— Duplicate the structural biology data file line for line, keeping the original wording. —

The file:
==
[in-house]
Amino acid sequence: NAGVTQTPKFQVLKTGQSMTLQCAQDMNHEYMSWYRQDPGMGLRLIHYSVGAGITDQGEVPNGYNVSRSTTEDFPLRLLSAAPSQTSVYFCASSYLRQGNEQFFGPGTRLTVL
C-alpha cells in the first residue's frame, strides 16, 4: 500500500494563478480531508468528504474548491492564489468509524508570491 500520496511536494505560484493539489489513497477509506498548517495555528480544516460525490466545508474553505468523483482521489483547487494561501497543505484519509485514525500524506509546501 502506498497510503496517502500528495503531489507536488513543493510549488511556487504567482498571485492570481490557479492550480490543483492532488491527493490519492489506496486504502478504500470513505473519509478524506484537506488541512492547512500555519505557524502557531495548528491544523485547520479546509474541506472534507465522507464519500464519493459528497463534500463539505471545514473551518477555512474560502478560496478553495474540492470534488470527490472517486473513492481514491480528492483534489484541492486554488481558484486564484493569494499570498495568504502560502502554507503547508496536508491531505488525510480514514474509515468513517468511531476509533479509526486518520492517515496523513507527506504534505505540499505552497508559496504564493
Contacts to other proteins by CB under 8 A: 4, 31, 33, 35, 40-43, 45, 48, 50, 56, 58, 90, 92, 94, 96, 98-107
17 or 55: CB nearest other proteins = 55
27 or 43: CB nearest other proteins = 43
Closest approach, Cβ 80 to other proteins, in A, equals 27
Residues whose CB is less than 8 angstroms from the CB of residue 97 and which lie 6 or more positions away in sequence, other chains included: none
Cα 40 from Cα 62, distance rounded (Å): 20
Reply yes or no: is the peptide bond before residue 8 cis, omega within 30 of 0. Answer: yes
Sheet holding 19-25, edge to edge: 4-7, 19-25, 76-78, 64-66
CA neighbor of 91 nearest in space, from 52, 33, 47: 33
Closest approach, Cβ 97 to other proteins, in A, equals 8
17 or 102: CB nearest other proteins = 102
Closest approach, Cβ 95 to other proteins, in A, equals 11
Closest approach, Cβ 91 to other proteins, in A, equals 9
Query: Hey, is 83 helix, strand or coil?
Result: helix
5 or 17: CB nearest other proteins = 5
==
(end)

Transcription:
[in-house]
Amino acid sequence: NAGVTQTPKFQVLKTGQSMTLQCAQDMNHEYMSWYRQDPGMGLRLIHYSVGAGITDQGEVPNGYNVSRSTTEDFPLRLLSAAPSQTSVYFCASSYLRQGNEQFFGPGTRLTVL
C-alpha cells in the first residue's frame, strides 16, 4: 500500500494563478480531508468528504474548491492564489468509524508570491 500520496511536494505560484493539489489513497477509506498548517495555528480544516460525490466545508474553505468523483482521489483547487494561501497543505484519509485514525500524506509546501 502506498497510503496517502500528495503531489507536488513543493510549488511556487504567482498571485492570481490557479492550480490543483492532488491527493490519492489506496486504502478504500470513505473519509478524506484537506488541512492547512500555519505557524502557531495548528491544523485547520479546509474541506472534507465522507464519500464519493459528497463534500463539505471545514473551518477555512474560502478560496478553495474540492470534488470527490472517486473513492481514491480528492483534489484541492486554488481558484486564484493569494499570498495568504502560502502554507503547508496536508491531505488525510480514514474509515468513517468511531476509533479509526486518520492517515496523513507527506504534505505540499505552497508559496504564493
Contacts to other proteins by CB under 8 A: 4, 31, 33, 35, 40-43, 45, 48, 50, 56, 58, 90, 92, 94, 96, 98-107
17 or 55: CB nearest other proteins = 55
27 or 43: CB nearest other proteins = 43
Closest approach, Cβ 80 to other proteins, in A, equals 27
Residues whose CB is less than 8 angstroms from the CB of residue 97 and which lie 6 or more positions away in sequence, other chains included: none
Cα 40 from Cα 62, distance rounded (Å): 20
Reply yes or no: is the peptide bond before residue 8 cis, omega within 30 of 0. Answer: yes
Sheet holding 19-25, edge to edge: 4-7, 19-25, 76-78, 64-66
CA neighbor of 91 nearest in space, from 52, 33, 47: 33
Closest approach, Cβ 97 to other proteins, in A, equals 8
17 or 102: CB nearest other proteins = 102
Closest approach, Cβ 95 to other proteins, in A, equals 11
Closest approach, Cβ 91 to other proteins, in A, equals 9
Query: Hey, is 83 helix, strand or coil?
Result: helix
5 or 17: CB nearest other proteins = 5